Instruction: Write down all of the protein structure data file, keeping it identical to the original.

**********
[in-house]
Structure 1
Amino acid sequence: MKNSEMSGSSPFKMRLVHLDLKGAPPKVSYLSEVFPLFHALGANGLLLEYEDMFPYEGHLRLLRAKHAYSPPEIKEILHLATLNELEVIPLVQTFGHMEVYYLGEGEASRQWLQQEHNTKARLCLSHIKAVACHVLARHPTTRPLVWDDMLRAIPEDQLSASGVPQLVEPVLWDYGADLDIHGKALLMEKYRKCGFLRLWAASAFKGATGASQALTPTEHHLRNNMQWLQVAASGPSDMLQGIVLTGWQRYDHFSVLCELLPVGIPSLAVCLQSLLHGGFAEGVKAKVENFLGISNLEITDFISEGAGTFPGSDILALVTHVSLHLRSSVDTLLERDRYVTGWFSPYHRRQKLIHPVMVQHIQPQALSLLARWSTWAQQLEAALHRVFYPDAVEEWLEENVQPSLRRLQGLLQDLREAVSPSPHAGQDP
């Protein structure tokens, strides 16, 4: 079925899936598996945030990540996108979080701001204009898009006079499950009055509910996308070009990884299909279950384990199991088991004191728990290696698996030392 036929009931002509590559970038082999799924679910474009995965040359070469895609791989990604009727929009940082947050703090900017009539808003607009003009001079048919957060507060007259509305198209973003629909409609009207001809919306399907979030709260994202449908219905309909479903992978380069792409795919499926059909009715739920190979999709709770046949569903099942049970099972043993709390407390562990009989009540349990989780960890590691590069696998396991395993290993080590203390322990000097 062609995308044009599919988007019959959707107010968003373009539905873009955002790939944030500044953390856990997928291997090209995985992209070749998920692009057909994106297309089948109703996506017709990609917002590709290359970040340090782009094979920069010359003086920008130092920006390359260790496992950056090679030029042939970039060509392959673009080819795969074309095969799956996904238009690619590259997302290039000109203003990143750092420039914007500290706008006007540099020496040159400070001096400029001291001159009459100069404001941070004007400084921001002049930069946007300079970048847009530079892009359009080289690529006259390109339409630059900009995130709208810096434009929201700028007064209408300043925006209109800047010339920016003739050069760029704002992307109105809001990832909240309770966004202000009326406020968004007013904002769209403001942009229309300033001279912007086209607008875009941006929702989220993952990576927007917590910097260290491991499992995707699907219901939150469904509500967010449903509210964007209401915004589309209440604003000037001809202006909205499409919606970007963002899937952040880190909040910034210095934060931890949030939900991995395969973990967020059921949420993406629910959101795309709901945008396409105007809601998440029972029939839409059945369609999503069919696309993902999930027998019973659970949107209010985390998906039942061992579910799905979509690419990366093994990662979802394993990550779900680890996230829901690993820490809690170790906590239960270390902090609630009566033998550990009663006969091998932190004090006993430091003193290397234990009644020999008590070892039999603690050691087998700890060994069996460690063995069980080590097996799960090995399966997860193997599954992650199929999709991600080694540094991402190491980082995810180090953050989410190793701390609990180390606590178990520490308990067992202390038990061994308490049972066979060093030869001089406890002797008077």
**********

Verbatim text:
[in-house]
Structure 1
Amino acid sequence: MKNSEMSGSSPFKMRLVHLDLKGAPPKVSYLSEVFPLFHALGANGLLLEYEDMFPYEGHLRLLRAKHAYSPPEIKEILHLATLNELEVIPLVQTFGHMEVYYLGEGEASRQWLQQEHNTKARLCLSHIKAVACHVLARHPTTRPLVWDDMLRAIPEDQLSASGVPQLVEPVLWDYGADLDIHGKALLMEKYRKCGFLRLWAASAFKGATGASQALTPTEHHLRNNMQWLQVAASGPSDMLQGIVLTGWQRYDHFSVLCELLPVGIPSLAVCLQSLLHGGFAEGVKAKVENFLGISNLEITDFISEGAGTFPGSDILALVTHVSLHLRSSVDTLLERDRYVTGWFSPYHRRQKLIHPVMVQHIQPQALSLLARWSTWAQQLEAALHRVFYPDAVEEWLEENVQPSLRRLQGLLQDLREAVSPSPHAGQDP
């Protein structure tokens, strides 16, 4: 079925899936598996945030990540996108979080701001204009898009006079499950009055509910996308070009990884299909279950384990199991088991004191728990290696698996030392 036929009931002509590559970038082999799924679910474009995965040359070469895609791989990604009727929009940082947050703090900017009539808003607009003009001079048919957060507060007259509305198209973003629909409609009207001809919306399907979030709260994202449908219905309909479903992978380069792409795919499926059909009715739920190979999709709770046949569903099942049970099972043993709390407390562990009989009540349990989780960890590691590069696998396991395993290993080590203390322990000097 062609995308044009599919988007019959959707107010968003373009539905873009955002790939944030500044953390856990997928291997090209995985992209070749998920692009057909994106297309089948109703996506017709990609917002590709290359970040340090782009094979920069010359003086920008130092920006390359260790496992950056090679030029042939970039060509392959673009080819795969074309095969799956996904238009690619590259997302290039000109203003990143750092420039914007500290706008006007540099020496040159400070001096400029001291001159009459100069404001941070004007400084921001002049930069946007300079970048847009530079892009359009080289690529006259390109339409630059900009995130709208810096434009929201700028007064209408300043925006209109800047010339920016003739050069760029704002992307109105809001990832909240309770966004202000009326406020968004007013904002769209403001942009229309300033001279912007086209607008875009941006929702989220993952990576927007917590910097260290491991499992995707699907219901939150469904509500967010449903509210964007209401915004589309209440604003000037001809202006909205499409919606970007963002899937952040880190909040910034210095934060931890949030939900991995395969973990967020059921949420993406629910959101795309709901945008396409105007809601998440029972029939839409059945369609999503069919696309993902999930027998019973659970949107209010985390998906039942061992579910799905979509690419990366093994990662979802394993990550779900680890996230829901690993820490809690170790906590239960270390902090609630009566033998550990009663006969091998932190004090006993430091003193290397234990009644020999008590070892039999603690050691087998700890060994069996460690063995069980080590097996799960090995399966997860193997599954992650199929999709991600080694540094991402190491980082995810180090953050989410190793701390609990180390606590178990520490308990067992202390038990061994308490049972066979060093030869001089406890002797008077």